Denver Urban Gardens plans to sell most of the land where it operates El Oasis, one of its Highland neighborhood gardens, to Caliber Construction in a $1.2 million deal set to close on December 1. But members of El Oasis, located at 1847 West 35th Avenue, are fighting the sale by raising public awareness in hopes of pressuring Caliber Construction to back out while the agreement is still under contract.
The money from the sale is intended to help DUG alleviate accumulated debt and continue to fulfill its role in offering gardens on more than 180 properties around the city, according to Ramonna Robinson, president of the nonprofit's board. DUG informed El Oasis gardeners of the planned sale on September 9, with notices to vacate plots on the two-thirds of the land that Caliber will take over by October 5. The remaining third of the land will remain a garden in perpetuity. The gardeners, many of whom have tended El Oasis plots for years, believe that DUG has fundraising options other than selling the land, but DUG says that without the sale, the nonprofit will cease to exist.
El Oasis currently hosts 43 garden plots, all cared for by individuals and families living in the surrounding neighborhood. The scene is a reflection of DUG’s mission to use “gardens as extraordinary places for learning and healthy living.” Multi-generational families and friends are able to share a bond through the insights and joys of gardening.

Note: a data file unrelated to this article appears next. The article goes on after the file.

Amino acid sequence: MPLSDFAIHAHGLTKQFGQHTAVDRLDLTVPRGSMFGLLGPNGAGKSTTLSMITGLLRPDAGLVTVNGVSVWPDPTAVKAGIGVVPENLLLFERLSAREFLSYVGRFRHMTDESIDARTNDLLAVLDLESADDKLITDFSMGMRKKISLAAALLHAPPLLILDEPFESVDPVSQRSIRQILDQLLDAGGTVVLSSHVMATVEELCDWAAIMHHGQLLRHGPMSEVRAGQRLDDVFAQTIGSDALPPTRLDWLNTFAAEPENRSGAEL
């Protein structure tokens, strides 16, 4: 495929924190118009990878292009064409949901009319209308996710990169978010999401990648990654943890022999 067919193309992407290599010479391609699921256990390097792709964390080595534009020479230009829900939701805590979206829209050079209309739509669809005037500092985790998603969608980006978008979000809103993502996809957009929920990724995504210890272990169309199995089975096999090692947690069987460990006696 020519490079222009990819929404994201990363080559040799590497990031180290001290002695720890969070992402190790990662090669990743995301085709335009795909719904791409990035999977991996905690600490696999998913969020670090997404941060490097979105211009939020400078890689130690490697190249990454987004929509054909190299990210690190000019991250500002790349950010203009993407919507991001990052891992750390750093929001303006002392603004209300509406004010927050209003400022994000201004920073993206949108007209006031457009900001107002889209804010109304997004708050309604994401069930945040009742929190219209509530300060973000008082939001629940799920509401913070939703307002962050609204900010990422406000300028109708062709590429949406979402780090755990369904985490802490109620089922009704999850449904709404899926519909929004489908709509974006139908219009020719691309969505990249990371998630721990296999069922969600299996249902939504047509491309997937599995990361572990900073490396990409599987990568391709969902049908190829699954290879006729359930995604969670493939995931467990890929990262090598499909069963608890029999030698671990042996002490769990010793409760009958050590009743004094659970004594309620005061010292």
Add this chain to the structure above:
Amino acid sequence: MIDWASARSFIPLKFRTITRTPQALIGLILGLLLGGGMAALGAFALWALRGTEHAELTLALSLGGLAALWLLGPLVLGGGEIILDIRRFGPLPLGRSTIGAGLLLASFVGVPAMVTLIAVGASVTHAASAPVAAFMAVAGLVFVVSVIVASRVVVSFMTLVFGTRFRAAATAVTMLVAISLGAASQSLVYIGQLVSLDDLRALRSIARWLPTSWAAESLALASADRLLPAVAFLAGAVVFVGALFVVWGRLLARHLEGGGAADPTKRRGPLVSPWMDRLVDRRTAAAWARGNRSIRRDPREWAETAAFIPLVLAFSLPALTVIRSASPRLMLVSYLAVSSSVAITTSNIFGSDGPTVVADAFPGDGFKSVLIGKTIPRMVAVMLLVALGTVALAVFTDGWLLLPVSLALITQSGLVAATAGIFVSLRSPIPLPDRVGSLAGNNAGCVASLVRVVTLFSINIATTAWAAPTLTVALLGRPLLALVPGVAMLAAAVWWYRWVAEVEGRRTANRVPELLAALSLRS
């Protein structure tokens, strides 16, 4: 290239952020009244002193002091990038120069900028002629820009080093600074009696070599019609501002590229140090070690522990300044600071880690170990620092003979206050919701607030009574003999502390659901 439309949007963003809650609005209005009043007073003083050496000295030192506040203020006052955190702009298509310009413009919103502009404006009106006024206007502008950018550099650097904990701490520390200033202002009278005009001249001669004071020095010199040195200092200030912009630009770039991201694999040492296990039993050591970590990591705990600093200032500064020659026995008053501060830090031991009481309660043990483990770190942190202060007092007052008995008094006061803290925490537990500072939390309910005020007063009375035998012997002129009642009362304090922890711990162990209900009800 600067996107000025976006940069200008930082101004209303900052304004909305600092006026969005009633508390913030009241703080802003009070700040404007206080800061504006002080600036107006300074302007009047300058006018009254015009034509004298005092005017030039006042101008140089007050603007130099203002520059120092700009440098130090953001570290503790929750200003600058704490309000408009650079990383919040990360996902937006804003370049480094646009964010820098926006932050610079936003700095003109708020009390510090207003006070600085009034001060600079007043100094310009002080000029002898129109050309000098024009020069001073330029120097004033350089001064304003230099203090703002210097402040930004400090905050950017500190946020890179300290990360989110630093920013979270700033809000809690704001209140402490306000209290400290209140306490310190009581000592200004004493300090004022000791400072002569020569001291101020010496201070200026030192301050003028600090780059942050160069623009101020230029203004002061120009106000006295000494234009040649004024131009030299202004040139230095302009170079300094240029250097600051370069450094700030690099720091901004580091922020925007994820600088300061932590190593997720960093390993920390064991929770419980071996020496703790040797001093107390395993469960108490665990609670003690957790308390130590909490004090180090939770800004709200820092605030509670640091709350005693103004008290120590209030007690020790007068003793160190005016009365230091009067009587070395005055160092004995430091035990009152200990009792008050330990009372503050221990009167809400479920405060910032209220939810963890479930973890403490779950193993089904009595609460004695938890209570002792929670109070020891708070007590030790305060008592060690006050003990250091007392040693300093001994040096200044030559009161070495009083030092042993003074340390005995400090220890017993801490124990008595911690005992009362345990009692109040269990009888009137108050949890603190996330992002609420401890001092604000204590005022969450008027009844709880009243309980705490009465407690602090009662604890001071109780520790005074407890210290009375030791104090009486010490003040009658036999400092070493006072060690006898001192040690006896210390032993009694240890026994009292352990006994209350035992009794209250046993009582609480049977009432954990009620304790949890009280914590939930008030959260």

“Even in its beginning forty years ago, [the land was] a place for the community to raise food,” says Alan Olds, an El Oasis garden leader. The plot was originally cultivated by Trini and Sam Zamudio in the 1960s and ’70s; they transformed what had previously been a junkyard into a vegetable garden to feed their family of ten and their neighbors. Soon, more families began to farm the land.
In 1985, a company called Visiting Owl bought the property for $52,000 with the intent of building subsidized housing for senior citizens. When the City of Denver refused to authorize the needed zoning permits, general manager Rohn Hyde decided to support the community-initiated garden instead, and sold the 21,800-square-foot property to DUG for $1 on December 29, 1988. According to Jim Rodriguez, a real estate agent and El Oasis community member, the deed has no restrictions; the deal was done in good faith, on the assumption that the space would remain a garden in perpetuity.
In recent years, DUG has faced increasing financial hardship. According to Robinson, much of the organization's current debt stems from borrowing against its line of credit and being unable to raise enough funds through donations to cover those expenses. Between 2014 and 2018, approximately $50,000 to $60,000 in annual funding was cut from DUG's Grow a Garden program while a $100,000 national grant for its Healthy Seedlings program ceased, she explains.